We hope that you and all your loved ones are well and finding some joy in your new routines during lockdown. Are the honey bees buzzing in your garden? Have you spotted your first moth or dragonfly? Seen some native bees? Spring is here in all its riotous colour and with that comes hope and inspiration as well as lots of pollinators. In these times of uncertainty, when so many people around Australia have endured extended periods of lockdown, it’s some comfort to savour the floriferous abundance of spring and the return of the insect buzz. As Michael McCarthy wrote “It is nature which is the true haven for our psyches ….”
Did you know that there are more than 300,000 known species of plants which have flowers as their reproductive organs? These flowers come in all shapes and sizes and colours. Imagine a world where there was only green! Flowers have evolved to make themselves attractive to pollinators and different flowers may be attractive to particular insects. Some Australian native plants are dependant on specific bees or other pollinators for reproduction. But don’t worry if you’re unsure what to do to attract pollinators to your garden ̶ our resources on gardening for pollinators on our website will help you navigate through the best plant choices in the Canberra region. We’re very excited about our newly updated Planting for Pollinators list with photographs of the flowers. And we’re also excited to announce that on Thursday 9 September we’re partnering with the Canberra Environment Centre for a virtual workshop on gardening for pollinators. Book your place here.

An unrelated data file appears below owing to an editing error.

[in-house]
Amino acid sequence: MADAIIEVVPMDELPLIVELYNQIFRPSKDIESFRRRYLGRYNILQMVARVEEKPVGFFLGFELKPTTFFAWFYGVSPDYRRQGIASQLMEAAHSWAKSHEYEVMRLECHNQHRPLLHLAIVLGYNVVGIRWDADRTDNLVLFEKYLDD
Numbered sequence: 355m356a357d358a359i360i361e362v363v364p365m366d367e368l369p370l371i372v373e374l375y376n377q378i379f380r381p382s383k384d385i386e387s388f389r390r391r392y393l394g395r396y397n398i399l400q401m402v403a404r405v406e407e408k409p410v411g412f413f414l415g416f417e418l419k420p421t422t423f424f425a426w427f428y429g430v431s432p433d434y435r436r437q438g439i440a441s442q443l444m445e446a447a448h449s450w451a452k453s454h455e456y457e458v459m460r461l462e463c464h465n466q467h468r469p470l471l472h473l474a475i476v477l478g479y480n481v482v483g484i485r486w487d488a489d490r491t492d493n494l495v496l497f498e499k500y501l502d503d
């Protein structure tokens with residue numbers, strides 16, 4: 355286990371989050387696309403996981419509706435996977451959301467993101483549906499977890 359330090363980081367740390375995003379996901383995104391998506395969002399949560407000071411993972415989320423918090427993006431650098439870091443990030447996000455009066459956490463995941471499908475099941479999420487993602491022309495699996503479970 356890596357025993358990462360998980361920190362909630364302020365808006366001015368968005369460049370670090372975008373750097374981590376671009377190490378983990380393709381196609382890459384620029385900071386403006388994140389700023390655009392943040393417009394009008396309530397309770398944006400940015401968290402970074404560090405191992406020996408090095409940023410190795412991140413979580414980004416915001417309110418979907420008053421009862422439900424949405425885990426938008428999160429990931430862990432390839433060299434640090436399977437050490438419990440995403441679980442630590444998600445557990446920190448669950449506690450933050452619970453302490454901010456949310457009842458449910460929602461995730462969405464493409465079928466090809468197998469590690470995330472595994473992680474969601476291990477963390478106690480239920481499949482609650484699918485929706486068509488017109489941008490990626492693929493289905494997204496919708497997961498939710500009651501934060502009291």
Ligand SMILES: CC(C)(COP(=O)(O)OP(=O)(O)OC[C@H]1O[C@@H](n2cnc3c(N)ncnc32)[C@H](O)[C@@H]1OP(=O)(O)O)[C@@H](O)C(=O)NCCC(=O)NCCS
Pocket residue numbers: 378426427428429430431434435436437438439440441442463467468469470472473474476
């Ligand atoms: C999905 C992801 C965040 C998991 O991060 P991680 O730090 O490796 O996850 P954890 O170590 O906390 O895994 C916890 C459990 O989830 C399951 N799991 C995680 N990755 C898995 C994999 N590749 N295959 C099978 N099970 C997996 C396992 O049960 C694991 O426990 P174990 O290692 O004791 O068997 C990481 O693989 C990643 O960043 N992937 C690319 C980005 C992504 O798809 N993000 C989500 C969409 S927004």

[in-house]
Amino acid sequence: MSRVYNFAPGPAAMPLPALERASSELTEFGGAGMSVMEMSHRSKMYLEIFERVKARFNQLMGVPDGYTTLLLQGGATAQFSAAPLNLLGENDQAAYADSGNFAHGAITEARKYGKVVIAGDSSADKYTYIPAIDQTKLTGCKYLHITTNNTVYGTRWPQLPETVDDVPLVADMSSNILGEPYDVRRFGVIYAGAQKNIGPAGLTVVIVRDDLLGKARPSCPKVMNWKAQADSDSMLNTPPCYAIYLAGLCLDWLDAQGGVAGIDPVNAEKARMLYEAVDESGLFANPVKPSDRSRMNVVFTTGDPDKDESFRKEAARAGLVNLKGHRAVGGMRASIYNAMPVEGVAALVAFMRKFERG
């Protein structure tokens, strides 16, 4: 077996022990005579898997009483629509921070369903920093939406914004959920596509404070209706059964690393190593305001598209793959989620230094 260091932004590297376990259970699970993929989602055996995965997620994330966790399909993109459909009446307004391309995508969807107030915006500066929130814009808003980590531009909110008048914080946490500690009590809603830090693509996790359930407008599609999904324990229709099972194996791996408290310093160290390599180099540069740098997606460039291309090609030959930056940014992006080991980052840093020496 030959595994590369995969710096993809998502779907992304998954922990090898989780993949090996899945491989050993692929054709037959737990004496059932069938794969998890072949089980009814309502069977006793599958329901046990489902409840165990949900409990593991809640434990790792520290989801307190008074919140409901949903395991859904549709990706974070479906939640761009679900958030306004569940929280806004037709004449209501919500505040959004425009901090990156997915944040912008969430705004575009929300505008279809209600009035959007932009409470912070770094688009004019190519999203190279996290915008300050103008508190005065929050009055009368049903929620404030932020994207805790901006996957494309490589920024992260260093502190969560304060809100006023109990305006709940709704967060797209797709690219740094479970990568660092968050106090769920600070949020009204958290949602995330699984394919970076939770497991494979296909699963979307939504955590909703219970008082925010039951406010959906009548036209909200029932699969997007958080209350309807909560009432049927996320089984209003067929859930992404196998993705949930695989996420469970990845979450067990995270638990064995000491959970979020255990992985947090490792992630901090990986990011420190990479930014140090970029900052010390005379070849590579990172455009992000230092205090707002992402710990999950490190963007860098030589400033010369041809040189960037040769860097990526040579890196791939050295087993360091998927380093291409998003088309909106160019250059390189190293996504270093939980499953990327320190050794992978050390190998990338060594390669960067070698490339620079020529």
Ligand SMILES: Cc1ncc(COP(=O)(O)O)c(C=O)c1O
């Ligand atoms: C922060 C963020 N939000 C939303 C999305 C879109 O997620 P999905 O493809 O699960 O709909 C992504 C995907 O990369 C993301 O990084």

Michael McCarthy, The Moth Snowstorm: Nature and Joy, John Murray Publishers 2013
The lockdown restrictions mean that we cannot meet, gather and connect. So we thought this issue we’d focus on education. The formal aspect of education comes to us in schools, colleges and universities. We have some highly regarded resources on our website for schools and we’ve recently added a new segment on native bees for the Year 5/6 curriculum. If you’ve not checked it out yet, have a look here. For older learners (including adults!) we have lots of information on native bee identification, planting guides and building classy accommodation for native bees. As we have over 1700 different species of native bees, there’s always something new to learn and what better place to start than here to find more resources on native bees including Peter Abbott’s Australian National Botanic Gardens native bee cheat sheet.
Australian Association of Environmental Education (AAEE ) Conference 28-30 September, W.A –Mandjoogoordap: Changing Tides is a concept that aims to showcase examples of people coming together to create positive change through environmental education, along with innovative, practical and effective tools for change-making. This intergenerational, inclusive and inspiring event ensures an anticipated 100 delegates will be immersed in the latest thinking and exposed to the best information and resources. With sustainability professionals and educators from all sectors, including education, government, NGOs and community groups, ours is an audience that values authentic ideas and ways of working. great online option for those of us in lockdown, Online tickets available until September 26. This is a great PL experience for local government and organisations and there are great incentives for group bookings. Here is the program.
Suzanne Simard is a pioneer on the frontier of plant communication and intelligence; she’s been compared to Rachel Carson, hailed as a scientist who conveys complex, technical ideas in a way that is dazzling and profound. Her work has influenced filmmakers (the Tree of Souls of James Cameron’s Avatar) and her TED talks have been viewed by more than 10 million people worldwide. “By understanding [plants’] sentient qualities, our empathy and love for trees, plants, and forests will naturally deepen and find innovative solutions. Turning to the intelligence of nature itself is the key.”